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Our Top 10 Tips to Get Financial Aid

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Parent filling out financial aid forms.

Asking for money is not fun. Some of us would rather liquidate our retirement accounts, or consider selling a kidney before asking for help in paying our bills.

But when the bill we’re talking about is the tuition bill and the ask in question is applying for need-based financial aid, it’s a really smart move to make. There is $200 billion dollars in financial aid available to college students, and all you have to do to tap into that deep well of funding is ask for it (and qualify, of course). With that in mind, please consider these top 10 tips for applying for financial aid.

1. Complete the FAFSA.

The Free Application for Federal Student Aid, or FAFSA, is the government form required by every college to apply for financial aid. It asks for information about your family’s size, your income, and your assets, and assesses your family’s ability to pay for college. If a college costs more than the FAFSA formula determines you can pay, you qualify for financial aid.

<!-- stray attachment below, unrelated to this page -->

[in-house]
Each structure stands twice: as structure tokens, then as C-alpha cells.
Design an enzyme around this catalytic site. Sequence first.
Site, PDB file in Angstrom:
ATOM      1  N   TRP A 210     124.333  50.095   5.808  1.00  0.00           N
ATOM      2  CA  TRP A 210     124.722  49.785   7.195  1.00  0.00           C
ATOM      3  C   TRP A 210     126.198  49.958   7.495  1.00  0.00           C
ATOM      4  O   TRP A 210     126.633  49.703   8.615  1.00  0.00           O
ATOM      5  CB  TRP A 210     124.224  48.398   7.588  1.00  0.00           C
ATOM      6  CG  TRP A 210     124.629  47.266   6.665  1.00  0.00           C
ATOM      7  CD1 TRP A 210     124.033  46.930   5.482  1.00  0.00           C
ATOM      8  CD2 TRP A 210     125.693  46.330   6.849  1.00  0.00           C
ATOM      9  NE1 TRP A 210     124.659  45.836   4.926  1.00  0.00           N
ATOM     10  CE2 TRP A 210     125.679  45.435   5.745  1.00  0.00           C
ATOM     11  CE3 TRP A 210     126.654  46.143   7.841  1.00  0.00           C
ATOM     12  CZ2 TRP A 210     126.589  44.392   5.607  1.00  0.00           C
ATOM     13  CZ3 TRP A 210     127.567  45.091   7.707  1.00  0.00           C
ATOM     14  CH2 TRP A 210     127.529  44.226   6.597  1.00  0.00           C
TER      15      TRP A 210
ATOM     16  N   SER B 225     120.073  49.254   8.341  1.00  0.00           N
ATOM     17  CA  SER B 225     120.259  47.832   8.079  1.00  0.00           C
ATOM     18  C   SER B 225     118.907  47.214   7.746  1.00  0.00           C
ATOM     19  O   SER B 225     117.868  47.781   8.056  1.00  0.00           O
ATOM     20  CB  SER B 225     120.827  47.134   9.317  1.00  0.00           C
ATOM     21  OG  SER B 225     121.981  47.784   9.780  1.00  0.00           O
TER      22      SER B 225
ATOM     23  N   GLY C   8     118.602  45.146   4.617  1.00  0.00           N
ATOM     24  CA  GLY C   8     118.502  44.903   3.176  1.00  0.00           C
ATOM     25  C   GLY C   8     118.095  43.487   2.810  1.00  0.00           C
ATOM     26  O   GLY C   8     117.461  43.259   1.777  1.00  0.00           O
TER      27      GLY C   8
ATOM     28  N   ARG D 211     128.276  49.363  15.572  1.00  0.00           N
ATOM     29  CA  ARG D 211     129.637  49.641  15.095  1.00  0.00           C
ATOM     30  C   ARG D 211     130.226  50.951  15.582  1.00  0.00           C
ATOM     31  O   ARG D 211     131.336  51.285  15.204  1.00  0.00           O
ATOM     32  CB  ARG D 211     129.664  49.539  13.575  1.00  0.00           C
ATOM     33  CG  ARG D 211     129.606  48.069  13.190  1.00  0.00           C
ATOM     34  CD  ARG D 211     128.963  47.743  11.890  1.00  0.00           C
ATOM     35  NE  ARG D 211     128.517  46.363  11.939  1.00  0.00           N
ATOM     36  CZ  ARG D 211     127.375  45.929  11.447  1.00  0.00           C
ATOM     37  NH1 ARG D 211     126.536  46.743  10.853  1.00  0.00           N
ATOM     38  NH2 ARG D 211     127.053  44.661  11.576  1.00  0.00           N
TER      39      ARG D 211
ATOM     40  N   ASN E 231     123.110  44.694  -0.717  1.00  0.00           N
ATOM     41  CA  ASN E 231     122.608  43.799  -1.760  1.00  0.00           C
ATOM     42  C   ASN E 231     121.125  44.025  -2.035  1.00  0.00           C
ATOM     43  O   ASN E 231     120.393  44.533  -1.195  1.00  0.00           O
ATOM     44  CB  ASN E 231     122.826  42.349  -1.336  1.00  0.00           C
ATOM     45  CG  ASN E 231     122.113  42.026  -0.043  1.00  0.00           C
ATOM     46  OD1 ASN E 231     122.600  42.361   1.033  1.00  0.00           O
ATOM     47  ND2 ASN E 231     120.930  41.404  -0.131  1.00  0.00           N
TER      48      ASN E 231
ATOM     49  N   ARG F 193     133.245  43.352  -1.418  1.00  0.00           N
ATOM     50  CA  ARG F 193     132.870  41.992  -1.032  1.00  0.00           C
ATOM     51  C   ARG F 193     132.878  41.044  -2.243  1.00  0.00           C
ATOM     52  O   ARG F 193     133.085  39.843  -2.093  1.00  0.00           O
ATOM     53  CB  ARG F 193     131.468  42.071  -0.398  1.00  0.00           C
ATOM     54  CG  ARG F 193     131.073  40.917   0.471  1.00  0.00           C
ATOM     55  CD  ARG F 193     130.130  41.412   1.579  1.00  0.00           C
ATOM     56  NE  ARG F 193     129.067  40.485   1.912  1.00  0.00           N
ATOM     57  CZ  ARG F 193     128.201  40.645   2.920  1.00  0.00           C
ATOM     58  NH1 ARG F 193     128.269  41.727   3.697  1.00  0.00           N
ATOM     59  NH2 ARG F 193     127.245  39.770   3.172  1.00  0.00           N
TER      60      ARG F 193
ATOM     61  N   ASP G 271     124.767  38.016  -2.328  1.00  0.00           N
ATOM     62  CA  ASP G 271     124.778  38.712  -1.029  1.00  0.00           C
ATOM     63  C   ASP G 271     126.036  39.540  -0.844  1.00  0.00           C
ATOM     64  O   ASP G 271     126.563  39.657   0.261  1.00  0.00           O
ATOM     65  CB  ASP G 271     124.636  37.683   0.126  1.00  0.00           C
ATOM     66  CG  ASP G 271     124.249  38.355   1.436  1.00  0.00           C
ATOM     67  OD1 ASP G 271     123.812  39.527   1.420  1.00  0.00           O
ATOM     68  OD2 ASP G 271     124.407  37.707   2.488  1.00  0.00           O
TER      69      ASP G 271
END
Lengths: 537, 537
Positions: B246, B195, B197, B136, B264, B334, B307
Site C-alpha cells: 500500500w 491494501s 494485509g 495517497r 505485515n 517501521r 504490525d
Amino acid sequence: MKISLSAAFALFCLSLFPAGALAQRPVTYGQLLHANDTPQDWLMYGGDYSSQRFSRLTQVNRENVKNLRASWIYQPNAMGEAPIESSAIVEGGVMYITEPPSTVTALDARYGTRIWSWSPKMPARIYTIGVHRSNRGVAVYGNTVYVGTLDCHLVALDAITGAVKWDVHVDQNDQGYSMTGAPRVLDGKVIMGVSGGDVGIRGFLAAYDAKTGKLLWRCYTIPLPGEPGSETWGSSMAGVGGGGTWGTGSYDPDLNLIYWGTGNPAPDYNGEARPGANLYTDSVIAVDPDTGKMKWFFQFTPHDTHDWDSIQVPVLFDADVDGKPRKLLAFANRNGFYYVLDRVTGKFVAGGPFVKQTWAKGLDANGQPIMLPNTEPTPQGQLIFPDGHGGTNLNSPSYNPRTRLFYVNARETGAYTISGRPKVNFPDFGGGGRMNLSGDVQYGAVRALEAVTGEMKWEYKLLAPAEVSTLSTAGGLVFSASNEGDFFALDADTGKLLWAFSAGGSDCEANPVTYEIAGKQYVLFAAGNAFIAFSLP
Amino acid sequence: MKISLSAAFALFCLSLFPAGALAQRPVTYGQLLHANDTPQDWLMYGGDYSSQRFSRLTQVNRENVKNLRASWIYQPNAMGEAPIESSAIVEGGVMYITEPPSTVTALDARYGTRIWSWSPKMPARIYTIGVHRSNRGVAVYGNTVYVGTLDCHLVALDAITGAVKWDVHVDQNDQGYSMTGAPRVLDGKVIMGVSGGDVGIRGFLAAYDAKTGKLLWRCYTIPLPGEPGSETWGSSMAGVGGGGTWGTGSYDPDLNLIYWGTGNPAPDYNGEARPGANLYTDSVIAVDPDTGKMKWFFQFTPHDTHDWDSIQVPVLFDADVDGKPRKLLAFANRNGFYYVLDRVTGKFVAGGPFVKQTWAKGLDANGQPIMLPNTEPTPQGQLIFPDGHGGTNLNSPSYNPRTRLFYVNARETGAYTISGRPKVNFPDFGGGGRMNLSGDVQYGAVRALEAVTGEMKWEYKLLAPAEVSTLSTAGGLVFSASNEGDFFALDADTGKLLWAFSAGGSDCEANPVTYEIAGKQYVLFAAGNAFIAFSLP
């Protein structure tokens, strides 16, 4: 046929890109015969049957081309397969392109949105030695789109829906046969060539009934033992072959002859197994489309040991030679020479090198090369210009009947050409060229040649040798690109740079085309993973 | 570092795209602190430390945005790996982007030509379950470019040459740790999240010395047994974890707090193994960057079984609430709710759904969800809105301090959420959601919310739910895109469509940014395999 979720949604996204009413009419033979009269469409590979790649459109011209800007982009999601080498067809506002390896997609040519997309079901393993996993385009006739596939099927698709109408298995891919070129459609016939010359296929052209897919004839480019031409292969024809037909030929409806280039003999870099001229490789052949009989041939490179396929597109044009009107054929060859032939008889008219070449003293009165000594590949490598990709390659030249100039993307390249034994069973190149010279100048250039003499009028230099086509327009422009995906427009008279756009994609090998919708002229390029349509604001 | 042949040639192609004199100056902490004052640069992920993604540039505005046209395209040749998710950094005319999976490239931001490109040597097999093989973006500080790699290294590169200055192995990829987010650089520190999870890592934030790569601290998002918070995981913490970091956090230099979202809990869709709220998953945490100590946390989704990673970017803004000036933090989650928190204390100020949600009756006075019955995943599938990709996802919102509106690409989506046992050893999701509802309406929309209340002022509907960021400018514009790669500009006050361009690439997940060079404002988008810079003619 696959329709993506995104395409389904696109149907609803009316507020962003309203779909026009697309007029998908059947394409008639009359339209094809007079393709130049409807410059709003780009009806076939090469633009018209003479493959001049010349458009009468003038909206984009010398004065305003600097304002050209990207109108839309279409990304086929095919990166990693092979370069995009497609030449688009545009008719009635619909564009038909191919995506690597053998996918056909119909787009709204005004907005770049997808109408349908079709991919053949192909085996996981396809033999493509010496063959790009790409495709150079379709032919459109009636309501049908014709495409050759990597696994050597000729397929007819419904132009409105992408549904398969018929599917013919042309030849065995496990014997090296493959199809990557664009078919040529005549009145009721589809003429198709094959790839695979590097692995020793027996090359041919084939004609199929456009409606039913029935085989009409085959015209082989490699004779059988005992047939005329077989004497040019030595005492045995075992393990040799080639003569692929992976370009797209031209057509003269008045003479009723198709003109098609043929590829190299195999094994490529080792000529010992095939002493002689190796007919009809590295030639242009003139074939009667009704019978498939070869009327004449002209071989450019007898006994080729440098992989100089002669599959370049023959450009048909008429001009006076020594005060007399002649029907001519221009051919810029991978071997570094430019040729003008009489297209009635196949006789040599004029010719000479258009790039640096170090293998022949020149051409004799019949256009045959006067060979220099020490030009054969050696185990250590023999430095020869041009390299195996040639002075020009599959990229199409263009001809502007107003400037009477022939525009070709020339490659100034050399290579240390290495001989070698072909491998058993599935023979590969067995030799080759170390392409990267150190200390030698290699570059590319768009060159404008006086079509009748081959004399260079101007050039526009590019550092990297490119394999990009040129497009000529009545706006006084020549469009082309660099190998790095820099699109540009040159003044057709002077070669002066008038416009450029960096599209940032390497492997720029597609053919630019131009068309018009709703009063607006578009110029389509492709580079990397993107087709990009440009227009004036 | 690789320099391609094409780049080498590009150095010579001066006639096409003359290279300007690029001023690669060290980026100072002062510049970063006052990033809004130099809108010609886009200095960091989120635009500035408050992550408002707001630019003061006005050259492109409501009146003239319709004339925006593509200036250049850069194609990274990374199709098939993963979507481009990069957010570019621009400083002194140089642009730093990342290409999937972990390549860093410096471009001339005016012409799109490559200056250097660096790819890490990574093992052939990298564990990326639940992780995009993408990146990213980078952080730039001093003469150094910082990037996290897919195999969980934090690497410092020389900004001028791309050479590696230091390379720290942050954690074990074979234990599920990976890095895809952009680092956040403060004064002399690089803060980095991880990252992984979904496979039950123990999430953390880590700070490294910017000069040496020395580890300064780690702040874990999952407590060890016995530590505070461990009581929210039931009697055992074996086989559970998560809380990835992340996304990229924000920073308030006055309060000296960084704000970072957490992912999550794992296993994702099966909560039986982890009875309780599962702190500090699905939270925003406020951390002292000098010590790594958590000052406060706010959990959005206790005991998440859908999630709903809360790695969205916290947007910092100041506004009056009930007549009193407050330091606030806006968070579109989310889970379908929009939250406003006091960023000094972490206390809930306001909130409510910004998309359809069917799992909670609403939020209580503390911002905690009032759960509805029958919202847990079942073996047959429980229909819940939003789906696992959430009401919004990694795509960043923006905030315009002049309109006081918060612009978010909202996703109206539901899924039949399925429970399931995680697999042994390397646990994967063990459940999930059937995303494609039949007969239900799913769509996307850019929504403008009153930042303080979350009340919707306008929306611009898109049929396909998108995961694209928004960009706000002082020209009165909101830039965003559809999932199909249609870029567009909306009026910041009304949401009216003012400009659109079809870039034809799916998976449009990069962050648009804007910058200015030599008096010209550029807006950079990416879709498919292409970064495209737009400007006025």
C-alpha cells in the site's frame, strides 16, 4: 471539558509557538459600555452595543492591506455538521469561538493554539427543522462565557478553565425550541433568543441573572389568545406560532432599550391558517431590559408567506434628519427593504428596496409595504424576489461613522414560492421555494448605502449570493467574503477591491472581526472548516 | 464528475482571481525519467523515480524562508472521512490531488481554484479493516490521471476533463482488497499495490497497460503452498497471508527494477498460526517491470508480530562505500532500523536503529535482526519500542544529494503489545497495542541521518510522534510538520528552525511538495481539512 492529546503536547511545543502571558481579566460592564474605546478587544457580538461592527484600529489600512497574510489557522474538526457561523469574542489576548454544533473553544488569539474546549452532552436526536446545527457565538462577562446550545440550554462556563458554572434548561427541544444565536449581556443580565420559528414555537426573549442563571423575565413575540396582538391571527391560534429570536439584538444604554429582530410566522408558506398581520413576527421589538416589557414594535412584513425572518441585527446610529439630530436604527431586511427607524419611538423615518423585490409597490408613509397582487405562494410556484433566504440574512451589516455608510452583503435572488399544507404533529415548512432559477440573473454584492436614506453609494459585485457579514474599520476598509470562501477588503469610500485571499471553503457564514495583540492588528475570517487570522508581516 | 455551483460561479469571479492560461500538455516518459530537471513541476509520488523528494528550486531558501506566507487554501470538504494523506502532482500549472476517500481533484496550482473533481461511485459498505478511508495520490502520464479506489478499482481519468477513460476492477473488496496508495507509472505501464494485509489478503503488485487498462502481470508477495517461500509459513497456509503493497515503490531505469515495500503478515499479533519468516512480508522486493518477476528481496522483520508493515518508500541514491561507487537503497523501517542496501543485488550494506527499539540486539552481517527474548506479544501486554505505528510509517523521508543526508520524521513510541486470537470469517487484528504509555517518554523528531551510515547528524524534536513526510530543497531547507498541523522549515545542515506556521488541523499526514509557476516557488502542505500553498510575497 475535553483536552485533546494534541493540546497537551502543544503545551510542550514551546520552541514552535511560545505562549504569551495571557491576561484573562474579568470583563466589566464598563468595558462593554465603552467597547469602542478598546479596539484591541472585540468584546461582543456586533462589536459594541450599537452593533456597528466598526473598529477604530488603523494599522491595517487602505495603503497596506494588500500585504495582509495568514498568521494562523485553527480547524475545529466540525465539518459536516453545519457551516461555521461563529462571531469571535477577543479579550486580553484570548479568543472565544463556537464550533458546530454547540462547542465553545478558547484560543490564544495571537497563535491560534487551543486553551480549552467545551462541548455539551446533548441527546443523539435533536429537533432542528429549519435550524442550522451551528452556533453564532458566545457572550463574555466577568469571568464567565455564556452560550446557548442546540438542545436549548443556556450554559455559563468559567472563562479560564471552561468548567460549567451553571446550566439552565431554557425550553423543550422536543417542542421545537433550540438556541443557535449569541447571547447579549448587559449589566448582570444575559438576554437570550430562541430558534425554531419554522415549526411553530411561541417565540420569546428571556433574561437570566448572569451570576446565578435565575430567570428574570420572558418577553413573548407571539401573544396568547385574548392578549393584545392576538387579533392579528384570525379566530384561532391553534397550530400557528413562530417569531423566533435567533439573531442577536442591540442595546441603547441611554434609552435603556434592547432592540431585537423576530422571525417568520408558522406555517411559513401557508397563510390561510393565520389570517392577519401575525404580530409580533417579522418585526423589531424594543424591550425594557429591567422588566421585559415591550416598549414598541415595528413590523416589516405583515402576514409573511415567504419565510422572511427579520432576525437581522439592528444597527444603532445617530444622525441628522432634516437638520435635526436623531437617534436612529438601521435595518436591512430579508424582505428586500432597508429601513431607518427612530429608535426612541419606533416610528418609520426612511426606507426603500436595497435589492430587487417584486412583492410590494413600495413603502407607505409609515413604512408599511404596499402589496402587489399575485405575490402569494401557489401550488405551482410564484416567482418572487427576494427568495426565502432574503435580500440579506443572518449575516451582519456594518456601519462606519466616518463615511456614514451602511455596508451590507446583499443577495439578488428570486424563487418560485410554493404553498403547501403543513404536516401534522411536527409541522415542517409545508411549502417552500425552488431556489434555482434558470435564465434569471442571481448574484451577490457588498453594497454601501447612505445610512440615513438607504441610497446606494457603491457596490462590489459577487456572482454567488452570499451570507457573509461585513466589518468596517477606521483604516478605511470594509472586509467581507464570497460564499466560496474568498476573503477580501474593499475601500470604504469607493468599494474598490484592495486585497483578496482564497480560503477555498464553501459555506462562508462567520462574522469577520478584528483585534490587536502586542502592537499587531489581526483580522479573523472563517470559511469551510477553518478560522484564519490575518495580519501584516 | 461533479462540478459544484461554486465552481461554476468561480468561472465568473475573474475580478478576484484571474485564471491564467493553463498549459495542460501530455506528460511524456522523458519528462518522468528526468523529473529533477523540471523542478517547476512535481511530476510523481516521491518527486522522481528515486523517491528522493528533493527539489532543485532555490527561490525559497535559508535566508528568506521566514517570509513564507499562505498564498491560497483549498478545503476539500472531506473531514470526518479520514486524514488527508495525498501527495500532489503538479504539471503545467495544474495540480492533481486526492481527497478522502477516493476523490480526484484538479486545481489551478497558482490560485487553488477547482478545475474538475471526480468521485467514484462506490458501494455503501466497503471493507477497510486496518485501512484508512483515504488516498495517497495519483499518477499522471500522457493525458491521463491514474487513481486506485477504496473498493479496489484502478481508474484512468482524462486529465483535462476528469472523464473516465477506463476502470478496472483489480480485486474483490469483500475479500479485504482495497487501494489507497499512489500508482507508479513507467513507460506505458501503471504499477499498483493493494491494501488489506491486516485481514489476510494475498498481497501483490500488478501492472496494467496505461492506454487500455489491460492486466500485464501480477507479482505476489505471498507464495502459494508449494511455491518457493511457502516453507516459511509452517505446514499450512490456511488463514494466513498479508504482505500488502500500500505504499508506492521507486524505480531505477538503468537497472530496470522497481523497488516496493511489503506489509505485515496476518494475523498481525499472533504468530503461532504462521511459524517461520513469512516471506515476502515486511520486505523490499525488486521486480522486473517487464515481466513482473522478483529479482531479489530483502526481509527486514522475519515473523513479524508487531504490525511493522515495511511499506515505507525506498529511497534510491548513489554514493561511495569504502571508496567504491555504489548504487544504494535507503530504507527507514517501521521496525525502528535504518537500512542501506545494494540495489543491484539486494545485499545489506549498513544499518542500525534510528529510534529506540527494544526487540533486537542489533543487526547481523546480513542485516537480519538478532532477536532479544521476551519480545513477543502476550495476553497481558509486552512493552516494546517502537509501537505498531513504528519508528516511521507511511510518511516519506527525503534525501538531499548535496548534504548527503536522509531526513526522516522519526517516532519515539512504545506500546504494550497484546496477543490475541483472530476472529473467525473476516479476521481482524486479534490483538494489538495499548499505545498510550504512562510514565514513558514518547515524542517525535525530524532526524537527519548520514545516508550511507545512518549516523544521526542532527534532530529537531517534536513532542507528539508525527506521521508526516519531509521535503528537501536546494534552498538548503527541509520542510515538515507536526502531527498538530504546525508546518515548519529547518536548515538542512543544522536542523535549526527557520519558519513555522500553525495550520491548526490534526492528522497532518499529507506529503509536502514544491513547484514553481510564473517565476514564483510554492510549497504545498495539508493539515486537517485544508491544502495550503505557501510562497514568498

2. Maybe complete the CSS Profile.

While the FAFSA is the only financial aid application required by most colleges, there are close to 300 (almost entirely) private colleges that require an extra form called the CSS Profile to apply for financial aid. And there are actually still a few colleges that require their own separate aid application. Make sure you check the website of every college on your list to ensure you’re completing all financial aid application requirements.

3. Apply on time.

While you’re on those college websites, be sure to look for their financial aid application deadlines, which generally spring up anywhere between November and March of a student’s senior year of high school. While some colleges may have soft deadlines, others are very strict and applying one day late could cost you thousands of dollars of assistance.

4. Provide verification documents.